Georgina (Cannie) Donahue has managed and built a number of communities, from support communities for customers to internal communities for employees. But now, her current gig is Director of Community at Pragmatic Institute, where she manages their online community of practice.
Pragmatic Institute successfully launched their online community of practice this year (at the beginning of the COVID-19 pandemic, no less) – and Georgina is here to walk you through each phase of building their community.
Georgina also shared this story in a webinar, so if you’re more of an auditory learner, check out the recording here.
Communities of practice are one of Georgina’s true passions, when it comes to community building. But what makes them different from something like, say, a support community or an employee community?
According to Georgina, an online community of practice is a community space filled with professionals who are all doing the same thing – but doing it in very different industries and verticals. A community of practice breaks down those walls, bringing all these people together to advance their discipline and their careers in a peer-to-peer network.
We’ll walk through the five phases of Pragmatic Institute’s community journey.
Let’s dive in!
Phase 1: Laying the Foundation for an Online Community of Practice
What does a virtual community of practice look like at Pragmatic Institute? Because they offer courses, their online community is all about alumni engagement. Pragmatic Institute has 200,000+ alumni who are all trained in the same methodology and speak the same language – all trying to put the same product philosophy into place.
Georgina has said herself that the buy-in for community was already in place before she joined Pragmatic Institute, which you don’t always find. Her leadership was really excited about using community to engage their alumni. They knew their alumni leave their courses all jazzed up – but then they start to have practical questions, like, “How do I take this first step?” or, “I wonder if I could find any examples from peers who might have advice or examples” – and they had nowhere to go.
The need for an online community became obvious to them, so they brought in Georgina to build it.
Tips for Planning Any Online Community
Not sure where you should start with planning an online community of practice? Georgina said, “I believe that community strategy, at its core, is the only aspect of community building that doesn’t change on use case – you need to know what your potential members and your stakeholders want.” She gave a few valuable questions to help you get to the heart of both groups’ needs.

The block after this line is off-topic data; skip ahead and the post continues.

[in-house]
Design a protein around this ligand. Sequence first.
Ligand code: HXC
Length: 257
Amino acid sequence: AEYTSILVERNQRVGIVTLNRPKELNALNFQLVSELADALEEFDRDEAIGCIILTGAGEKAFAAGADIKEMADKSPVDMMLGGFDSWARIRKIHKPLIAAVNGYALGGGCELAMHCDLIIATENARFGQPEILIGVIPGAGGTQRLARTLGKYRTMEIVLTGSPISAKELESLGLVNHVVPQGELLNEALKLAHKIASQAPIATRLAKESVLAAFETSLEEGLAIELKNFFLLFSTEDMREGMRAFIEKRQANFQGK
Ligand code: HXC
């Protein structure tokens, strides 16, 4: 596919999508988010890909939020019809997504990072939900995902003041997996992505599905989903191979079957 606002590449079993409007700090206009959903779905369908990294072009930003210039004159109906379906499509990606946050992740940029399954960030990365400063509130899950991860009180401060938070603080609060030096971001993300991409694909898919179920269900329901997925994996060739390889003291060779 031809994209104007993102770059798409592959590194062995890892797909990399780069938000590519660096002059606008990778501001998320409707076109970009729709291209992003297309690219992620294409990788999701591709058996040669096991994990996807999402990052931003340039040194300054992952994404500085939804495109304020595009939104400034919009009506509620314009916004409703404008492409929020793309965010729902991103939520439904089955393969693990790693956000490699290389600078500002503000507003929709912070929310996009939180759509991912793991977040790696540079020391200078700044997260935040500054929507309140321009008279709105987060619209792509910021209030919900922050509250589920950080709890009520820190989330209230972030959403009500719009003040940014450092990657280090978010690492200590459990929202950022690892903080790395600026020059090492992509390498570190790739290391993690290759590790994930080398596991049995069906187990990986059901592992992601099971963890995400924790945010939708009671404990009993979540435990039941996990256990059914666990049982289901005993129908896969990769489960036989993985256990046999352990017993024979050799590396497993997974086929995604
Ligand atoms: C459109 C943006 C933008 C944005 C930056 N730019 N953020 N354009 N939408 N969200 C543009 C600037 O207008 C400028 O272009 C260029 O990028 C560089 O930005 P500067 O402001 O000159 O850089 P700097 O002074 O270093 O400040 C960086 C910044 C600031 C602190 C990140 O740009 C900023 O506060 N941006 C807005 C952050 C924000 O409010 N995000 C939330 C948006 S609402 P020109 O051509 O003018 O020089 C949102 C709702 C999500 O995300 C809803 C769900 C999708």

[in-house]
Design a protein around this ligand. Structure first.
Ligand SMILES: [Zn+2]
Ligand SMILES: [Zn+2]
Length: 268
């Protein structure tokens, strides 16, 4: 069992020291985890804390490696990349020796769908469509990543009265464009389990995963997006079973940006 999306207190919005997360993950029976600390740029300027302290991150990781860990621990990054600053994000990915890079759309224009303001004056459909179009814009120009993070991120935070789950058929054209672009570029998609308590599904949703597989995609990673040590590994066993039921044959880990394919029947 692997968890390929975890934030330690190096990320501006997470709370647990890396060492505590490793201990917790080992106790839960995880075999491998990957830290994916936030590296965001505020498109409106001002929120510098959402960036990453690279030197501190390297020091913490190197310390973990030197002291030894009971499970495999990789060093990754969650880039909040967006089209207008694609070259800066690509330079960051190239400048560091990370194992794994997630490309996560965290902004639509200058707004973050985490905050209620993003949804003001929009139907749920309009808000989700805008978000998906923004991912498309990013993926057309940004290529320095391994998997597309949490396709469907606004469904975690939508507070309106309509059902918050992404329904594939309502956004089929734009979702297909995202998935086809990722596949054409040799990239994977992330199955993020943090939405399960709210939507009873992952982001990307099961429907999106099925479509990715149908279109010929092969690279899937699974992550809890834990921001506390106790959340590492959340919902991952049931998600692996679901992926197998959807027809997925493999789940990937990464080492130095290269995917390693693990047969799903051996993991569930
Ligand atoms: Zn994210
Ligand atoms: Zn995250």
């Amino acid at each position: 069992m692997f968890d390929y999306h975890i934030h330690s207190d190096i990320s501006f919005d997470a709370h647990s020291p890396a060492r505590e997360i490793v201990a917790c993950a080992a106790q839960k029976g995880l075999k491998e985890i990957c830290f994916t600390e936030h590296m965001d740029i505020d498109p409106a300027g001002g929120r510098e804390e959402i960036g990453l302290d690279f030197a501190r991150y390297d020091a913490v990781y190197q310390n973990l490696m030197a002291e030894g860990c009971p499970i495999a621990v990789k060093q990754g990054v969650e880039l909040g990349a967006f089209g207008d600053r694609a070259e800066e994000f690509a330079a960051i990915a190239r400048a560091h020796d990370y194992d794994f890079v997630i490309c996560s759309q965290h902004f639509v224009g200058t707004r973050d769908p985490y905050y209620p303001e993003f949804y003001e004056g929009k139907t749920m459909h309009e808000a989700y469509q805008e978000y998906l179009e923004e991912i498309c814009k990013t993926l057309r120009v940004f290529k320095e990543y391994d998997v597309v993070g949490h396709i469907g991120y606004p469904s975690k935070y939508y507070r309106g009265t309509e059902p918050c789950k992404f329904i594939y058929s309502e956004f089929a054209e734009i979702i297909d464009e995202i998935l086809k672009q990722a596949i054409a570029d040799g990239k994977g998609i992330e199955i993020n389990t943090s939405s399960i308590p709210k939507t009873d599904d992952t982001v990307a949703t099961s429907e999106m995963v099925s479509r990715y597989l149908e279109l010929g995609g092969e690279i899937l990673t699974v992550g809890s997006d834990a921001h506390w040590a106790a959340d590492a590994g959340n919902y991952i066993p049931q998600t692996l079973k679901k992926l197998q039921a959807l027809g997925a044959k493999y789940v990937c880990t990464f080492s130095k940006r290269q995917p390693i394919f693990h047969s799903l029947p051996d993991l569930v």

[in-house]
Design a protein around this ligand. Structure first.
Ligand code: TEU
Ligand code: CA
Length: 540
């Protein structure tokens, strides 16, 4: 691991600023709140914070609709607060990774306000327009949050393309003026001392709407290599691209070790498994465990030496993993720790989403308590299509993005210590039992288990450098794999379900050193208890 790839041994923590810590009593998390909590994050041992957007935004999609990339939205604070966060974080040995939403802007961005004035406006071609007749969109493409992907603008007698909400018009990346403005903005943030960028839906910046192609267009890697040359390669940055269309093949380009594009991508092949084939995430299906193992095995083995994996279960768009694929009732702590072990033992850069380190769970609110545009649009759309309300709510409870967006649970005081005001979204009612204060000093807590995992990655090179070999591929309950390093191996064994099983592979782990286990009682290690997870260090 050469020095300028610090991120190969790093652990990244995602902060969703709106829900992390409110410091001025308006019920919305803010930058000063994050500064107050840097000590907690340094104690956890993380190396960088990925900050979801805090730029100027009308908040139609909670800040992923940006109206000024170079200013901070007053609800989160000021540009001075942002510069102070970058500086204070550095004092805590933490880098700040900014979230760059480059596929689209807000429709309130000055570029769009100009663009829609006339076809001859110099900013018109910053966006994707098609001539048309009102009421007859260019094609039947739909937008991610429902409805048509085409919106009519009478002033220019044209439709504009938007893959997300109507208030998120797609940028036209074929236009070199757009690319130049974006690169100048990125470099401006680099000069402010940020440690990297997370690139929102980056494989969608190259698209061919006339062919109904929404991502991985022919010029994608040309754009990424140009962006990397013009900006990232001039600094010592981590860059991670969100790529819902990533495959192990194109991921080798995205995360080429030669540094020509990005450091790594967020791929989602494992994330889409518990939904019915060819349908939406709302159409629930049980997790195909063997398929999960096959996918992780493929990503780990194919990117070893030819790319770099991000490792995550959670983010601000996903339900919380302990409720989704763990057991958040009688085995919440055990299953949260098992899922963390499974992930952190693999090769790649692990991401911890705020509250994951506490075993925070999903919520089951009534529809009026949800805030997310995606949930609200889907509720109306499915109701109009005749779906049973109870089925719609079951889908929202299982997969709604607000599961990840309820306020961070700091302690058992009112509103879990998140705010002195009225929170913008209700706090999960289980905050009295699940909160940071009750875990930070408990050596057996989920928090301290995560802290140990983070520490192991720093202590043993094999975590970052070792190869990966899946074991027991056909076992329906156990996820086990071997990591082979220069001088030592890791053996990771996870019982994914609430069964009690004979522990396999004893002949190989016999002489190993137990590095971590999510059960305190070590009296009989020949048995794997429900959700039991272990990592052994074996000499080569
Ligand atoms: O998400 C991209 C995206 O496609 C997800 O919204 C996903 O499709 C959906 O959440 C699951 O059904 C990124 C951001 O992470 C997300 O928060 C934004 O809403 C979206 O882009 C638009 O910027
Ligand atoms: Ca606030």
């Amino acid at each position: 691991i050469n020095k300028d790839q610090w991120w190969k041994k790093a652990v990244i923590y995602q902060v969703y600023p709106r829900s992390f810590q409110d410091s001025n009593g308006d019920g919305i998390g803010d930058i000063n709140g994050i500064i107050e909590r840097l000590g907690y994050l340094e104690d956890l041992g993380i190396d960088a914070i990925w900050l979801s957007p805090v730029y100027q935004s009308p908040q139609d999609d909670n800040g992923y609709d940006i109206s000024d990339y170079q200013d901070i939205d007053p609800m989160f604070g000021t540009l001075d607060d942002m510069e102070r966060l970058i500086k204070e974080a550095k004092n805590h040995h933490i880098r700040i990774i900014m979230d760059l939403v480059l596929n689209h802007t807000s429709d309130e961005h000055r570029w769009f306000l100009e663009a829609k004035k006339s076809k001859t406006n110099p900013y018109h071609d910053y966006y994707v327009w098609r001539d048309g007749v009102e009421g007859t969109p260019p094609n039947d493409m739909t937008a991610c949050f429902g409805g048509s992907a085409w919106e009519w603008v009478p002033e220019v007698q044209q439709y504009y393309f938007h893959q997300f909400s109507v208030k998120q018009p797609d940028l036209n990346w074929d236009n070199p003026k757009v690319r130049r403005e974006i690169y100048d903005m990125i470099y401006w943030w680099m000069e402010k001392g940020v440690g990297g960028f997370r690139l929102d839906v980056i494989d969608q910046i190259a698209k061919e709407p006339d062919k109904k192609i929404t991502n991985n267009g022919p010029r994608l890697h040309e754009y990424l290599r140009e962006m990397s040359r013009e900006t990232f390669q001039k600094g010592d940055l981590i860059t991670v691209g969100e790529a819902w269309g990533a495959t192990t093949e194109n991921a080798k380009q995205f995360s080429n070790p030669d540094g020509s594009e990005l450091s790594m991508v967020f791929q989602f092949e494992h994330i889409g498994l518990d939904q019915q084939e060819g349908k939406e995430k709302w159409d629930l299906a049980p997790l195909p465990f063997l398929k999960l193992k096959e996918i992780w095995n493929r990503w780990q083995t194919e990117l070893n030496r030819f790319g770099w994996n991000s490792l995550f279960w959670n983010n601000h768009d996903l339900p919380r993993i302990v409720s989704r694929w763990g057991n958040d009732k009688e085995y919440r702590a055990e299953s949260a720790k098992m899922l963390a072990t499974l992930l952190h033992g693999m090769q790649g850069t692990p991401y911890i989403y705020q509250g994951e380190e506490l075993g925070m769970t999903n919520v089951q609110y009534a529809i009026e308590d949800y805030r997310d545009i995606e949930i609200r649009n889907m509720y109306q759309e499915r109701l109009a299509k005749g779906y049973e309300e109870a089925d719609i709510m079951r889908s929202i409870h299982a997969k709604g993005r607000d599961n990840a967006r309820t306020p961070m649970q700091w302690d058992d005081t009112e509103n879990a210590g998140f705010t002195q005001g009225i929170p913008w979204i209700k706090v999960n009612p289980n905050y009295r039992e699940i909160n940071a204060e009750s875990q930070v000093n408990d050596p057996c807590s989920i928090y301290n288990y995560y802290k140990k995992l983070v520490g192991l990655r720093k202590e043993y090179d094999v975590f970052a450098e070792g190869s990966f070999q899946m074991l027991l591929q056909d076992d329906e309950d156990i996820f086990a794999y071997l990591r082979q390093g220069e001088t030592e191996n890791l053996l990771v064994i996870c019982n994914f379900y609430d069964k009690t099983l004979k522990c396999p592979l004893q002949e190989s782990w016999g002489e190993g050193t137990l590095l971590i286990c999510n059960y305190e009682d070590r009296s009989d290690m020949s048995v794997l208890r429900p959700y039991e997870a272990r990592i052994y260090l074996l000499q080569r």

Questions for potential community members:
- What’s valuable to you? What would make your life easier, better, faster, more accessible?
- What’s the most annoying part of your day?
- What’s something that you do that you don’t think you should be doing?
- What is the one part of your day that you’re most excited to do – the thing that you rush through other things to get to, so you can spend more time doing that?
Georgina also suggested some questions to use with your internal stakeholders. They’re most likely the ones paying for the online community platform, so how can you provide the most value to them?
Questions for your internal stakeholders:
- What are the pain points in the organization?
- What are the high-level organizational objectives that we’re trying to achieve?
- What are the outcomes that you’re looking for?
- What are your wildest dreams for the community?
Once you’ve done this, create a Venn diagram — figuratively or literally — to identify where both groups’ needs overlap. That intersection is where you generate shared purpose and shared value from the community.
Once you move beyond this step, everything starts to segment, like the behaviors you encourage members to do, the platform that you choose, the metrics that you measure, the programs that you run, the design, the culture, the tone, the language, and the images. But at the root of all communities is making sure you have a harmonious balance between your members and stakeholders.
“No matter what kind of community use case you have, at the end of the day, if the members don’t see their value being met, they’re not going to participate, and you won’t have engagement. If the organization doesn’t see the value they want being met, they’re going to pull the plug on your budget. Because why would they pay for it without getting value out of it? So if you want continued engagement and continued buy-in, strive for a harmonious balance of your member and stakeholder needs.”